From the Editor: This is the fifth in a series of short essays from A Sea of Blue member oldcat'69, who played as a walk-on on Kentucky's freshman team in 1965-66 during the Adolph Rupp era.
“Once you’ve played ball at Kentucky, it’s either your primary or secondary home.”
-- Joe B. Hall
“. . . the best recruiter ever at Kentucky, without a doubt.” (paraphrased)
Hall simply beat other teams up with physical play and the officials let him get away with it. Hall’s philosophy was to have all five players foul at once since the officials could only call one foul at a time (paraphrased)
-- Sonny Smith, Former Auburn Coach
In my opinion, the quotes above are all right on the money, although I fail to see how a man who coached Charles Barkley in college can comment on anyone else’s physical play. Looking at it a different way, if you have a team of Clydesdales, are you going to run them in the Derby or hook them up to a plow?
In truth, the freshman team of ’65-66 saw less of Coach Hall than we did Coach Lancaster. Hall was frequently out recruiting or scouting, but when he was in town, he was involved with our practices. On at least two road trips, to Paducah Junior College and Dayton, he was the only coach who traveled with us. The varsity had games at other places those particular nights.
Coach Hall was on the almost the exact same book as Coach Hall and Coach Rupp. His coaching patterns were very similar, as far as I could see. The substitution pattern, however, was a bit different. Even later, when he was the head coach, Joe Hall would not say a word to a player coming out of the game. He was of the “one mistake and you’re out” school, and he would let the offending player go sit on the bench without a word of correction.
While it probably wasn’t true of us walk-ons, any scholarship varsity player at Kentucky probably has enough potential to be taught something when he’s made a mistake, especially if the coach strikes while the iron is hot. Of course, I’m talking about real instruction, not yelling and screaming, although that has its place, too. Mark that paragraph down as “opinion”, counselor.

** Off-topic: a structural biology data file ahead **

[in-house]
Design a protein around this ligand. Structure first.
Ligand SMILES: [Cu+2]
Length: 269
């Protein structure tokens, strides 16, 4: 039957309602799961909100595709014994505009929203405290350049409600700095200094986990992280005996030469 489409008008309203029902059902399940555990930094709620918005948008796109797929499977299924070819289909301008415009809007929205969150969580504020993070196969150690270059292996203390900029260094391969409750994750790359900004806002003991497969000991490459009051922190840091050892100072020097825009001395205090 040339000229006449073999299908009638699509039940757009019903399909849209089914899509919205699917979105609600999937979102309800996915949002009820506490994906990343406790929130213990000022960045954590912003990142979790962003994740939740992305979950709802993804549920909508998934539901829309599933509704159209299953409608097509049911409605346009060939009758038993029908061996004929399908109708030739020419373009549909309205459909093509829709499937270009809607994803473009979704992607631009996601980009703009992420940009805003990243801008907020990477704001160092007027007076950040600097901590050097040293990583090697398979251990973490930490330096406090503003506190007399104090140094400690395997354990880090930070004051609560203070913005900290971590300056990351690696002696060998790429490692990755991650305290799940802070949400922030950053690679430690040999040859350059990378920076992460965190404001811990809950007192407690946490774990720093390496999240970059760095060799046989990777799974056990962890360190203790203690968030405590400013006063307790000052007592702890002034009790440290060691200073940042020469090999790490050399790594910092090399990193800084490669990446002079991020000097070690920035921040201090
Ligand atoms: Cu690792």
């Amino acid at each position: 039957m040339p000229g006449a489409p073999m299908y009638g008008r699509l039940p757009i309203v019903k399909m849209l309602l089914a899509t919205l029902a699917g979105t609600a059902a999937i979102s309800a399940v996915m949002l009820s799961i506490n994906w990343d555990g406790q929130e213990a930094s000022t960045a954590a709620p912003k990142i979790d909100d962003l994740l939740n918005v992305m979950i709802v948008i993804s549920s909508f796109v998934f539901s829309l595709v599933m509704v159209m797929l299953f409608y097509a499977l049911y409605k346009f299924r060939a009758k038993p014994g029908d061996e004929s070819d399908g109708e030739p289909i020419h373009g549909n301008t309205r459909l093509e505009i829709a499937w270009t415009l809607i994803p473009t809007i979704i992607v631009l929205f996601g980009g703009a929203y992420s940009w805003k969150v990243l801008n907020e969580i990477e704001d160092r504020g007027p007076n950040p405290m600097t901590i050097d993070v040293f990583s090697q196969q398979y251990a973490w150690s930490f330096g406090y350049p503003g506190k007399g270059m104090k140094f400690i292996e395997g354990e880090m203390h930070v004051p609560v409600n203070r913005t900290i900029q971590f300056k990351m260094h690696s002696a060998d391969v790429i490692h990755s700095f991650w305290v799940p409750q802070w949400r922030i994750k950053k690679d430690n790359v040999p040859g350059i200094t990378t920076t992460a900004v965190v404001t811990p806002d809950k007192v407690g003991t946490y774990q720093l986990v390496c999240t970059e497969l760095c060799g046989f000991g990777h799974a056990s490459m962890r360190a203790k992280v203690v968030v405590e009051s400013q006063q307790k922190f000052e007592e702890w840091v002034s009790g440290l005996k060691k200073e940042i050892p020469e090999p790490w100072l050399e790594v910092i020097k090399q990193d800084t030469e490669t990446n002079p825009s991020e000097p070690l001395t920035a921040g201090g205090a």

Nevertheless, Coach Hall had a sincerity that made you believe he actually might care something about you, even if you were a walk-on. I think that is what made him such a good recruiter. I certainly never saw him on a recruiting visit, but he had the touch to get great players, both for Coach Rupp and for himself. Now, Coach Rupp might have thought that anyone could recruit a player to play for the Wildcats, but it wasn’t so. As a recruiter, no one was better than Joe B. Hall.
On our trip to Dayton, Coach Hall put me into the game several minutes into the first half. On about the second trip down the floor, I was open from just outside the left elbow and took about a 17 foot shot. It was one of those that rattled around forever, then came out. Now, Coach Lancaster had never told me anything when he put me in other than, “If you get a shot, take it.”
Coach Hall must have missed that conversation, however, because at the next time out, he kinda got into my face and said, “’Oldcat’, didn’t Coach Lancaster tell you to make a few trips up and down the floor to get into the flow before you take a shot?” I didn’t answer at the time, but I always wanted to send him a letter in his retirement in Cynthiana and tell him my version of the story.
Coach Hall probably suffered in the eyes of the faithful because he had neither the witty sarcasm of Adolph Rupp nor the flamboyance of Rick Pitino. Certainly, he was no sparkling personality. His flat presentations in interviews with the media produced few one-liners for an industry eager for sound-bites.
But what kind of coach was Joe B. Hall? What does the record say? Thirteen years as head coach, one national championship, three Final Fours, one national Coach of the Year, four times SEC Coach of the Year, eight SEC titles, seven players named All-American a total of 11 times, nine players all-SEC totaling 18 selections, 23 players drafted into the NBA, five in the first round, and a winning percentage of .748.
Not bad for a guy who many Wildcat fans consider a lesser light in the constellation. Ask yourself this: How many other guys who have followed the basketball coaching legends have even approached this record?